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Ther Adv Musculoskelet Dis. 2013 Feb;5(1):3-11. doi: 10.1177/1759720X12470753.

The kinase inhibitor tofacitinib in patients with rheumatoid arthritis: latest findings and clinical potential.

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1
Department of Internal Medicine, University of Genova Italy, Viale Benedetto XV, 6, 16132 Genova, Italy.

Abstract

Macrophages, T and B cells, and neutrophils concentrate mainly into the synovial tissue of rheumatoid arthritis (RA) patients and produce several inflammatory mediators including cytokines. More recently, small molecule inhibitors of signalling mediators which have intracellular targets (mainly in T and B cells) such as the Janus kinase (JAK) family of tyrosine kinases have been introduced in RA treatment. The JAK family consist of four types: JAK1, JAK2, JAK3 and TyK2. In particular, JAK3 is the only JAK family member that associates with just one cytokine receptor, the common gamma chain, which is exclusively used by the receptors for IL-2, IL-4, IL-7, IL-9, IL-15 and IL-21 critically involved in T and natural killer (NK)-cell development, and B-cell function and proliferation. Tofacitinib is one of the first JAK inhibitors tested and mainly interacts with JAK1 and JAK3. Four phase II (one A and three B dose-ranging) trials in RA patients, lasting from 6 to 24 weeks, achieved significant improvements of American College of Rheumatology 20% improvement criteria (ACR20) and Disease Activity Score in 28 joints using the C-reactive protein level (DAS28-CRP) or erythrocyte sedimentation rate (DAS-ESR; in one study that analysed this), as early as week 2 and sustained at week 24 in two studies. Doses ranged from 1, 3, 5, 10, 15, 20 up to 30 mg and were administered orally twice a day. ACR20 response rates for dosages ≥3 mg were found to be significantly (p ≤ 0.05) greater than those for placebo in all phase II studies. In general, the major adverse effects included liver test elevation, neutropenia, lipid and creatinine elevation and increased incidence of infections. More recently, RA patients randomly assigned to 5 or 10 mg of tofacitinib twice daily, in both 6- and 12-month phase III trials, achieved a significantly higher ACR20 than those receiving placebo. Adverse events occurred more frequently with tofacitinib than with placebo, and included pulmonary tuberculosis and other serious infections. The balance of efficacy and safety of tofacitinib compared with standard of care therapy is bringing this first orally available biological disease-modifying antirheumatic drug (DMARD) a step closer for RA patients.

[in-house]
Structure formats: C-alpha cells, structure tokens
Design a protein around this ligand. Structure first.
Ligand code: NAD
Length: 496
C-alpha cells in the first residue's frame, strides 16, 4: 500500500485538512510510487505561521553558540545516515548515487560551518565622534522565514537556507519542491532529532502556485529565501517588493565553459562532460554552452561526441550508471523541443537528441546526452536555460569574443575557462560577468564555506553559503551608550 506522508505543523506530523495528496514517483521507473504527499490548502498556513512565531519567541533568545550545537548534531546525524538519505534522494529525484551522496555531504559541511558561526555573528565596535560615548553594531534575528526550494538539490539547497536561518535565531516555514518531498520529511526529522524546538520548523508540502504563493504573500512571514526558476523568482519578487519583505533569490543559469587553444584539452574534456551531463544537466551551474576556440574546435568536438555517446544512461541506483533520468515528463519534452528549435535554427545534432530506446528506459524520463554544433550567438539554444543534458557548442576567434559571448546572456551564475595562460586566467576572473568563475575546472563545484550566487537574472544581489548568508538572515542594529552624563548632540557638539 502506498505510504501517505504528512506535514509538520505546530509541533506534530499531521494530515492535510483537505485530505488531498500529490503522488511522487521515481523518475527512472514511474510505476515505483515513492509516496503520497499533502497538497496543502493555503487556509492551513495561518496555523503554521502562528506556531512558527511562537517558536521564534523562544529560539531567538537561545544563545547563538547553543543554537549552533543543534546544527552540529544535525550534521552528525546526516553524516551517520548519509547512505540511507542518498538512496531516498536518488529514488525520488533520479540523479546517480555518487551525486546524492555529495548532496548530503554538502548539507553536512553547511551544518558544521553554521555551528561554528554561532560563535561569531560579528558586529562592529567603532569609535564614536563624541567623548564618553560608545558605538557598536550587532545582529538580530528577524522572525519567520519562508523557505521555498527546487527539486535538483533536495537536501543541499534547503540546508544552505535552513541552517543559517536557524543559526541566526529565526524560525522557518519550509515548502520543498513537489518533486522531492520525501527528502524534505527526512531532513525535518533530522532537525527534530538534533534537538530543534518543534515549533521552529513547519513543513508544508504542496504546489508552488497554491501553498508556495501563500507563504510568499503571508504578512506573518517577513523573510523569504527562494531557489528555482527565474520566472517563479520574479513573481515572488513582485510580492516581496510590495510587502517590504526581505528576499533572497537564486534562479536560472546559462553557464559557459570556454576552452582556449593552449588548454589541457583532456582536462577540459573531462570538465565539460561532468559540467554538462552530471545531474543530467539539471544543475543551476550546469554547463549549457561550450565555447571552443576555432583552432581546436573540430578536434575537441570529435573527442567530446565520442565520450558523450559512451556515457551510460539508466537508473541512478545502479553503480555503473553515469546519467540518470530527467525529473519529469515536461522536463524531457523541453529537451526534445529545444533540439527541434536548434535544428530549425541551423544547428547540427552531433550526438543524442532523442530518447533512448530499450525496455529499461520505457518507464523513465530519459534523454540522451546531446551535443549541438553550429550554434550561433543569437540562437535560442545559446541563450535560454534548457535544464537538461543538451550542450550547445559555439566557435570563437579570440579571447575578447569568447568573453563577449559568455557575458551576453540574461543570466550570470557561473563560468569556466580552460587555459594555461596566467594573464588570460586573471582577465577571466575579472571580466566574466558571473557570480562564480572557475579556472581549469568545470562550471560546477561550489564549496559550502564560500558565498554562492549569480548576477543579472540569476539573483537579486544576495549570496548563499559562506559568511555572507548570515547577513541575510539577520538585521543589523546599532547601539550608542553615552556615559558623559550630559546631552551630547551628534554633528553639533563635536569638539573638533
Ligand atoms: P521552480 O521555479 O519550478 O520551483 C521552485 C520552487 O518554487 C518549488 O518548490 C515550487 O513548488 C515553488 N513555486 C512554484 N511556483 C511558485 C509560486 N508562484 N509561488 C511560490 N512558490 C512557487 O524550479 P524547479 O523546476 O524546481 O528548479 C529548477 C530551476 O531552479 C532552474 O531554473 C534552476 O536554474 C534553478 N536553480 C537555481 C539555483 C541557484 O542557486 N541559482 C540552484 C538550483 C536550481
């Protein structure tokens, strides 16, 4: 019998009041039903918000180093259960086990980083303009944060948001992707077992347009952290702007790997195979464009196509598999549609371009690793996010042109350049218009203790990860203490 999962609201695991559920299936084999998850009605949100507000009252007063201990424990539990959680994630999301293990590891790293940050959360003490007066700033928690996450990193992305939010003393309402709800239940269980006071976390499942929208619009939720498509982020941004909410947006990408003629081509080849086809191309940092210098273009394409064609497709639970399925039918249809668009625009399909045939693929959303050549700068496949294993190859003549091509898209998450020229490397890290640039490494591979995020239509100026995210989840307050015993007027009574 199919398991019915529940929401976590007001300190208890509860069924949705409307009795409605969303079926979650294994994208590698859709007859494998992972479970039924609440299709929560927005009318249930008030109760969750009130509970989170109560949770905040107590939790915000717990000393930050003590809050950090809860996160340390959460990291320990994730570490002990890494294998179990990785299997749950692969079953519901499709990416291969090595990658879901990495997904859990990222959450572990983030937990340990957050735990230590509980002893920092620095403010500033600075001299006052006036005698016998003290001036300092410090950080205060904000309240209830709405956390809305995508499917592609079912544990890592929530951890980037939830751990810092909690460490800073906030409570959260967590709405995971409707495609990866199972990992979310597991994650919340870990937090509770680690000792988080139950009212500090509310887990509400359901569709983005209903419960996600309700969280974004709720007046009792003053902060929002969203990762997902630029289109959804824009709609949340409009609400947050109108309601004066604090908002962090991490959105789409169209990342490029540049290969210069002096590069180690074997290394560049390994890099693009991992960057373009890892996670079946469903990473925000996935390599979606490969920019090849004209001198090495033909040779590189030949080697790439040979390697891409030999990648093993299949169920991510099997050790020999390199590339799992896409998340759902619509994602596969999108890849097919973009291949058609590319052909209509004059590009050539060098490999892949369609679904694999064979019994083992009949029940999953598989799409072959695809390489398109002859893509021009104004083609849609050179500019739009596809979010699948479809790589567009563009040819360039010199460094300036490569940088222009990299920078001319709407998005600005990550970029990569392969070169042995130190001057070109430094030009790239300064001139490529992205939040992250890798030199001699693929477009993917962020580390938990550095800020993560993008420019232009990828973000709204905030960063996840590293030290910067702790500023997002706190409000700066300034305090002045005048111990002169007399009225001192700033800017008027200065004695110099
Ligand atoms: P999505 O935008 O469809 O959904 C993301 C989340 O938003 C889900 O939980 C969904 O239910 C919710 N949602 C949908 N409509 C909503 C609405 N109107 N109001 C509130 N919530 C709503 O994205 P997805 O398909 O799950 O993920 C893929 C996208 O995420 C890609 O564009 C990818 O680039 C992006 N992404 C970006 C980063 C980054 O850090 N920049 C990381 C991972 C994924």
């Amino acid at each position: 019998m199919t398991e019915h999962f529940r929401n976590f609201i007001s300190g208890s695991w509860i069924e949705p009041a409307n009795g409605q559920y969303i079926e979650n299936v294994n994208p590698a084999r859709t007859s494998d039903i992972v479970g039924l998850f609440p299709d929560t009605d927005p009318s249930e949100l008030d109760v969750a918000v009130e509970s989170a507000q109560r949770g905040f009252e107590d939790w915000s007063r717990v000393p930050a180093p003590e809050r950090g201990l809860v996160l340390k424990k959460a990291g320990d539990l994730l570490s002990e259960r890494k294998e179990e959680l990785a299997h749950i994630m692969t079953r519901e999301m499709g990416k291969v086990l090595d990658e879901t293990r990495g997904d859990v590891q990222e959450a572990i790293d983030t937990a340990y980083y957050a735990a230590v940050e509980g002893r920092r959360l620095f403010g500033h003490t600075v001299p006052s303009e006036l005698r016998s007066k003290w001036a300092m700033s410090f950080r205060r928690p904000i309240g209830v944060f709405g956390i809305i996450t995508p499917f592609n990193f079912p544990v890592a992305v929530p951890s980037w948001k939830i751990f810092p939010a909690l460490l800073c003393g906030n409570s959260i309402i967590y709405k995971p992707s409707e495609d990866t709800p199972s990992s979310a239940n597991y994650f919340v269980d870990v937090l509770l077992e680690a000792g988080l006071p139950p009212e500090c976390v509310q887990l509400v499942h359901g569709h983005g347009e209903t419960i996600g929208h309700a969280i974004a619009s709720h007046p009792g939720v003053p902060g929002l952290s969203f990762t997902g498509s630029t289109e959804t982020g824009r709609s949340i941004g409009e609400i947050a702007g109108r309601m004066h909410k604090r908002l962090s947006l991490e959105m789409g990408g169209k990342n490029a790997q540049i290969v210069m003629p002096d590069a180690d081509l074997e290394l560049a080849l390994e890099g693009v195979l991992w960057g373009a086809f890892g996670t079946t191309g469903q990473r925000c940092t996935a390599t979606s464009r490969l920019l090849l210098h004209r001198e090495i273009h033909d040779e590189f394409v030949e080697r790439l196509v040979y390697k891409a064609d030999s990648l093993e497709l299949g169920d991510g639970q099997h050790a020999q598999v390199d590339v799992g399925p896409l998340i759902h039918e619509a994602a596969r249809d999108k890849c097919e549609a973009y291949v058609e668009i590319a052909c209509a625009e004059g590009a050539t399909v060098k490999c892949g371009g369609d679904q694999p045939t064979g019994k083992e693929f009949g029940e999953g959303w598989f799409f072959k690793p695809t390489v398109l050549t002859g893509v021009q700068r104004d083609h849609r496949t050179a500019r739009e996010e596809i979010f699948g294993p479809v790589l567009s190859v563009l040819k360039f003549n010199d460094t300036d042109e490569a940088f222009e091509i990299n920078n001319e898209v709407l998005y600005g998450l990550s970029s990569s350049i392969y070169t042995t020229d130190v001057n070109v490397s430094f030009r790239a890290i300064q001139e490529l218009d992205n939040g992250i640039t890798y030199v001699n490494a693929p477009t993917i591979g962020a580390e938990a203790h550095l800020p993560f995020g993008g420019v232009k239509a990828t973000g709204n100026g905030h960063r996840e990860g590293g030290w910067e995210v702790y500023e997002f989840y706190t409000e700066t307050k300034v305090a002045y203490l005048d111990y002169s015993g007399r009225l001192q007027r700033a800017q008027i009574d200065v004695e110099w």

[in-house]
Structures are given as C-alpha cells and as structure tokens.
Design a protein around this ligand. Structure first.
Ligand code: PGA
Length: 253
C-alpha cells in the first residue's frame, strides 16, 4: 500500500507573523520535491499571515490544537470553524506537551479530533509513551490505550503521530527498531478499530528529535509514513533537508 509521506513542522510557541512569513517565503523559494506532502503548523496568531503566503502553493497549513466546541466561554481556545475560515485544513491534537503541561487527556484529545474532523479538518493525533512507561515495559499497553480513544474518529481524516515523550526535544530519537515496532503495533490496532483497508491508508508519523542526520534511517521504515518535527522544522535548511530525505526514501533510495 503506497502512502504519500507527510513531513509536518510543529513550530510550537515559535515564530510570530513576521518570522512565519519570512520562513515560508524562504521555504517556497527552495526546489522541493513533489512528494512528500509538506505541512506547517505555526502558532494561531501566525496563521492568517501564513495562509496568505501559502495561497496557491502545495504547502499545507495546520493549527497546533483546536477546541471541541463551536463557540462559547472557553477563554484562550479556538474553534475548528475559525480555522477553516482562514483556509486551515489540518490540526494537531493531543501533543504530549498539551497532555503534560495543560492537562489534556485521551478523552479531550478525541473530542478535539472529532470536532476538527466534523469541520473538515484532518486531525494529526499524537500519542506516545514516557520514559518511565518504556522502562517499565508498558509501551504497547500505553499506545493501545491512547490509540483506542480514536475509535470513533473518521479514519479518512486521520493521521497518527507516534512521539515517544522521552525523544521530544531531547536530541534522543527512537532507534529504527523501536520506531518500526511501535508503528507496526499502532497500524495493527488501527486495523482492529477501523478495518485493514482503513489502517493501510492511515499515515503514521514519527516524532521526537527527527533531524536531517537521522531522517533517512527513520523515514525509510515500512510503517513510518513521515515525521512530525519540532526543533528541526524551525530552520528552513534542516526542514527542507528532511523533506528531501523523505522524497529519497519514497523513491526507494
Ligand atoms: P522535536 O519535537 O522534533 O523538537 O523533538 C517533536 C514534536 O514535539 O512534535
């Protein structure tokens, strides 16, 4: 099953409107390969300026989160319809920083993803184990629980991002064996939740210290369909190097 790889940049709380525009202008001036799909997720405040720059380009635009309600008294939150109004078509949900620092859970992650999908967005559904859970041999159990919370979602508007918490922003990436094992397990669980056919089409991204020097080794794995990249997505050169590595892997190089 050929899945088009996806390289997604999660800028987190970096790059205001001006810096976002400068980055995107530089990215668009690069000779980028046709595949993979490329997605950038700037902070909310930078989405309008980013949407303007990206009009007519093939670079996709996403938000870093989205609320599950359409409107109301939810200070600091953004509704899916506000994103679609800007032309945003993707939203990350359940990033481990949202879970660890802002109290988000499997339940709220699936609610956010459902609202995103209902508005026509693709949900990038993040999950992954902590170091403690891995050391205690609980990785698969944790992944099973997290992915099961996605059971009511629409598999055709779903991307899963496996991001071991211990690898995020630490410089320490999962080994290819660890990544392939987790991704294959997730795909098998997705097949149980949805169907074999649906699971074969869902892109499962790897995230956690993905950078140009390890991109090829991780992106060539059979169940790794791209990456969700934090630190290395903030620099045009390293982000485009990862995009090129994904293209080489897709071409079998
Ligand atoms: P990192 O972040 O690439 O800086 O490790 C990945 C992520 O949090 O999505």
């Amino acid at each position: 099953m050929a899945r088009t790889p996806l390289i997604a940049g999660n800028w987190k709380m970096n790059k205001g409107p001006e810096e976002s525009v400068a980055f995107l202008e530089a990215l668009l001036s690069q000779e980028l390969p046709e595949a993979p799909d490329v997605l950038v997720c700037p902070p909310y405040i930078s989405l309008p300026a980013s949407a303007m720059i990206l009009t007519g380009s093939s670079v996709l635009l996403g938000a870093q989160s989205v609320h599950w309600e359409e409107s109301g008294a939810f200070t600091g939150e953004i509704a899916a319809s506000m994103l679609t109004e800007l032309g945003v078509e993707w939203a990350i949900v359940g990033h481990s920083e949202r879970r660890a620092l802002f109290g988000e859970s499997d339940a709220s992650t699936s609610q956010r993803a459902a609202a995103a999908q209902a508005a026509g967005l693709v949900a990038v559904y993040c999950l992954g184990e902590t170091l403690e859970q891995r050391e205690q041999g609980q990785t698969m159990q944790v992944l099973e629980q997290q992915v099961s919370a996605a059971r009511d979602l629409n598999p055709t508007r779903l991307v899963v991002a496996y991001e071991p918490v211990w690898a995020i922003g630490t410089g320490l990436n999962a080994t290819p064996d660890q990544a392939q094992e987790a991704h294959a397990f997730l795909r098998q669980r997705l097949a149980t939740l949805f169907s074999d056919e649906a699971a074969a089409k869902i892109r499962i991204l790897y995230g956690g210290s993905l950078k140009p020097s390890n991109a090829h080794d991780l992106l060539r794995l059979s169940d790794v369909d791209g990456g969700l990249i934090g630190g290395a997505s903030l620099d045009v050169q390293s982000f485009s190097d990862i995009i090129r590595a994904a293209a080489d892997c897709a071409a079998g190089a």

KEYWORDS:

Janus kinase inhibitors; biological disease-modifying antirheumatic drug (DMARD); kinases; rheumatoid arthritis; therapy for rheumatoid arthritis

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